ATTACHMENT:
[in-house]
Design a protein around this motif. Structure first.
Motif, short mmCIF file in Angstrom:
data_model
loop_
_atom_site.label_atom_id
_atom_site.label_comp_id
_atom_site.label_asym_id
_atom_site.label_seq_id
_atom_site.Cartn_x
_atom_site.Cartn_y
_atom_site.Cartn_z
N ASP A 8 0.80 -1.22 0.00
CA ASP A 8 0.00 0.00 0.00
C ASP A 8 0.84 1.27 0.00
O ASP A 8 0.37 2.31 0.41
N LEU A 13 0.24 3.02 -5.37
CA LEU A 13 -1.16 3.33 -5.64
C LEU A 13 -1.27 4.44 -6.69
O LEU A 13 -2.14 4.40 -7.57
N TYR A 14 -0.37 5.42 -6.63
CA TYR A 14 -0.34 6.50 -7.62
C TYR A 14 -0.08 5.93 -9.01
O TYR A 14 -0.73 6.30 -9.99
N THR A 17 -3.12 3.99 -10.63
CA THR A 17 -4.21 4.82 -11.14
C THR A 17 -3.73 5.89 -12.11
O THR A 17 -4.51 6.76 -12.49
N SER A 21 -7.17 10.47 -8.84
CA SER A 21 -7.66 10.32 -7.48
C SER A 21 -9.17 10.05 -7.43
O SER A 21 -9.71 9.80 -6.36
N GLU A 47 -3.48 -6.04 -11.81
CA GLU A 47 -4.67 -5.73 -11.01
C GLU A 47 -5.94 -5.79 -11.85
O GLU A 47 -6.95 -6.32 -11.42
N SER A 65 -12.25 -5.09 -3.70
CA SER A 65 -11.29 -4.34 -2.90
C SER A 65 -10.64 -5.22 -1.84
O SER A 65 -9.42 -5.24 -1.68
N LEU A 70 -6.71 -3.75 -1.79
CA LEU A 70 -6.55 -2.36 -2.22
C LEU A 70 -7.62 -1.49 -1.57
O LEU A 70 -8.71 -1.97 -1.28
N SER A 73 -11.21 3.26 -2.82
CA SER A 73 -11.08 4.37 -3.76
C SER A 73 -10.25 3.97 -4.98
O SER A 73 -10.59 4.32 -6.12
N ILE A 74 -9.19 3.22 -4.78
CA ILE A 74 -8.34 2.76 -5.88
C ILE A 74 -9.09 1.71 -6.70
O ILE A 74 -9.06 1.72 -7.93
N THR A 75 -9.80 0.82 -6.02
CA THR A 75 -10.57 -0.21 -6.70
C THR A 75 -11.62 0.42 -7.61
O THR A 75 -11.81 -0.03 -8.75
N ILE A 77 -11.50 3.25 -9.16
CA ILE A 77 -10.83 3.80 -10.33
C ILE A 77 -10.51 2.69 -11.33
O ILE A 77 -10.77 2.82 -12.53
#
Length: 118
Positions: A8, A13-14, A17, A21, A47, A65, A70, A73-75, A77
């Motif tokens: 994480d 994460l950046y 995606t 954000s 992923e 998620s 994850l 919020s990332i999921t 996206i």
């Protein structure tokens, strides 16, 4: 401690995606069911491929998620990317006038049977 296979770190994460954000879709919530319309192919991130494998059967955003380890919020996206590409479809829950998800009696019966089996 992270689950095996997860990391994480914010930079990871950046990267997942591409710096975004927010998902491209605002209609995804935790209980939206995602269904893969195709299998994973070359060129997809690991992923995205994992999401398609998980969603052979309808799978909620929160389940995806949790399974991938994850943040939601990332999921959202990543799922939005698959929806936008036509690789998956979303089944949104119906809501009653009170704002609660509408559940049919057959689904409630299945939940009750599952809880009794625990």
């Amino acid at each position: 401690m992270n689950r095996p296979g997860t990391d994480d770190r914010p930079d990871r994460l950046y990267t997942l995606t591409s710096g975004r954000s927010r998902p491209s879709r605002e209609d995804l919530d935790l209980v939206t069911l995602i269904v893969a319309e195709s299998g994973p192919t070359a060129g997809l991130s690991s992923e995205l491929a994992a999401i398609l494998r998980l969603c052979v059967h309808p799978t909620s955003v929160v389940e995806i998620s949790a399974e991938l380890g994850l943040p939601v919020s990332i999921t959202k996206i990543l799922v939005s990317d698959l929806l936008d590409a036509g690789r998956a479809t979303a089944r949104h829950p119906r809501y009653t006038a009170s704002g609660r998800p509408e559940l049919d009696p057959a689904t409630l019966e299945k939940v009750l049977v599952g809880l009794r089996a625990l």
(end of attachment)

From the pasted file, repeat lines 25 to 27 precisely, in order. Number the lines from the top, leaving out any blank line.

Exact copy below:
N THR A 17 -3.12 3.99 -10.63
CA THR A 17 -4.21 4.82 -11.14
C THR A 17 -3.73 5.89 -12.11